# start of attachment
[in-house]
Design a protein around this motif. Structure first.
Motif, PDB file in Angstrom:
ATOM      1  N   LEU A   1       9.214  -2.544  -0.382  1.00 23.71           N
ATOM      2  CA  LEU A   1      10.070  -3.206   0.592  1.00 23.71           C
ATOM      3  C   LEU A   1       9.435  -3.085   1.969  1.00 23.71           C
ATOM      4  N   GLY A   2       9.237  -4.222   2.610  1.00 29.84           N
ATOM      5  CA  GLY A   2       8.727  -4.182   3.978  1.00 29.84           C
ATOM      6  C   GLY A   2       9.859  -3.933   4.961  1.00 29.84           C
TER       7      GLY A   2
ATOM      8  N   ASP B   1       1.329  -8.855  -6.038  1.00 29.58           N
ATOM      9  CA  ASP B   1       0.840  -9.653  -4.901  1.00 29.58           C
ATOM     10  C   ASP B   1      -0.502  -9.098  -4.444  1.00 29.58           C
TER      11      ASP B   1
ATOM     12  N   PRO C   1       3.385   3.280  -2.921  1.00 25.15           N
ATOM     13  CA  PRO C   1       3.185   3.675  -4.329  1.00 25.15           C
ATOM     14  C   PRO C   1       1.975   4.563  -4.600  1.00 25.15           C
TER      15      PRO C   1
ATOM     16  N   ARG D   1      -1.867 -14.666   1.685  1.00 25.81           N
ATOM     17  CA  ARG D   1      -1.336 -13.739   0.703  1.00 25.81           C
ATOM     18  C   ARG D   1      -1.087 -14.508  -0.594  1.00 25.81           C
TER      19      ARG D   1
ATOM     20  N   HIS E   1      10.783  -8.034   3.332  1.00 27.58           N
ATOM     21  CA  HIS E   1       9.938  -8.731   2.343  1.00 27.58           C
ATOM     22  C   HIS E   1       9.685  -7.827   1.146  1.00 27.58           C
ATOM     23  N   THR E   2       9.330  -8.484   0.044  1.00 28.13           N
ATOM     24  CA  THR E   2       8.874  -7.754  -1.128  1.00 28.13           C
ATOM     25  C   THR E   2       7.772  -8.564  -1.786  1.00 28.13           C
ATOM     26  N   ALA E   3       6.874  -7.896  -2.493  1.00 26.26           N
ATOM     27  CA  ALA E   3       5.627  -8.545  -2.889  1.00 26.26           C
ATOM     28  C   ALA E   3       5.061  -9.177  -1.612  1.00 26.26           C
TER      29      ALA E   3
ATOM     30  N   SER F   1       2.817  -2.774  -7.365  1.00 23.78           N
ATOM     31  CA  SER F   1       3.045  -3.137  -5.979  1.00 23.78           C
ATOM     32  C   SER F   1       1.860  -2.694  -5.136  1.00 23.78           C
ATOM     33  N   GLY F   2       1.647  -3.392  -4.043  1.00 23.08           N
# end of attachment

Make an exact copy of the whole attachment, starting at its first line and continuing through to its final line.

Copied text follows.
[in-house]
Design a protein around this motif. Structure first.
Motif, PDB file in Angstrom:
ATOM      1  N   LEU A   1       9.214  -2.544  -0.382  1.00 23.71           N
ATOM      2  CA  LEU A   1      10.070  -3.206   0.592  1.00 23.71           C
ATOM      3  C   LEU A   1       9.435  -3.085   1.969  1.00 23.71           C
ATOM      4  N   GLY A   2       9.237  -4.222   2.610  1.00 29.84           N
ATOM      5  CA  GLY A   2       8.727  -4.182   3.978  1.00 29.84           C
ATOM      6  C   GLY A   2       9.859  -3.933   4.961  1.00 29.84           C
TER       7      GLY A   2
ATOM      8  N   ASP B   1       1.329  -8.855  -6.038  1.00 29.58           N
ATOM      9  CA  ASP B   1       0.840  -9.653  -4.901  1.00 29.58           C
ATOM     10  C   ASP B   1      -0.502  -9.098  -4.444  1.00 29.58           C
TER      11      ASP B   1
ATOM     12  N   PRO C   1       3.385   3.280  -2.921  1.00 25.15           N
ATOM     13  CA  PRO C   1       3.185   3.675  -4.329  1.00 25.15           C
ATOM     14  C   PRO C   1       1.975   4.563  -4.600  1.00 25.15           C
TER      15      PRO C   1
ATOM     16  N   ARG D   1      -1.867 -14.666   1.685  1.00 25.81           N
ATOM     17  CA  ARG D   1      -1.336 -13.739   0.703  1.00 25.81           C
ATOM     18  C   ARG D   1      -1.087 -14.508  -0.594  1.00 25.81           C
TER      19      ARG D   1
ATOM     20  N   HIS E   1      10.783  -8.034   3.332  1.00 27.58           N
ATOM     21  CA  HIS E   1       9.938  -8.731   2.343  1.00 27.58           C
ATOM     22  C   HIS E   1       9.685  -7.827   1.146  1.00 27.58           C
ATOM     23  N   THR E   2       9.330  -8.484   0.044  1.00 28.13           N
ATOM     24  CA  THR E   2       8.874  -7.754  -1.128  1.00 28.13           C
ATOM     25  C   THR E   2       7.772  -8.564  -1.786  1.00 28.13           C
ATOM     26  N   ALA E   3       6.874  -7.896  -2.493  1.00 26.26           N
ATOM     27  CA  ALA E   3       5.627  -8.545  -2.889  1.00 26.26           C
ATOM     28  C   ALA E   3       5.061  -9.177  -1.612  1.00 26.26           C
TER      29      ALA E   3
ATOM     30  N   SER F   1       2.817  -2.774  -7.365  1.00 23.78           N
ATOM     31  CA  SER F   1       3.045  -3.137  -5.979  1.00 23.78           C
ATOM     32  C   SER F   1       1.860  -2.694  -5.136  1.00 23.78           C
ATOM     33  N   GLY F   2       1.647  -3.392  -4.043  1.00 23.08           N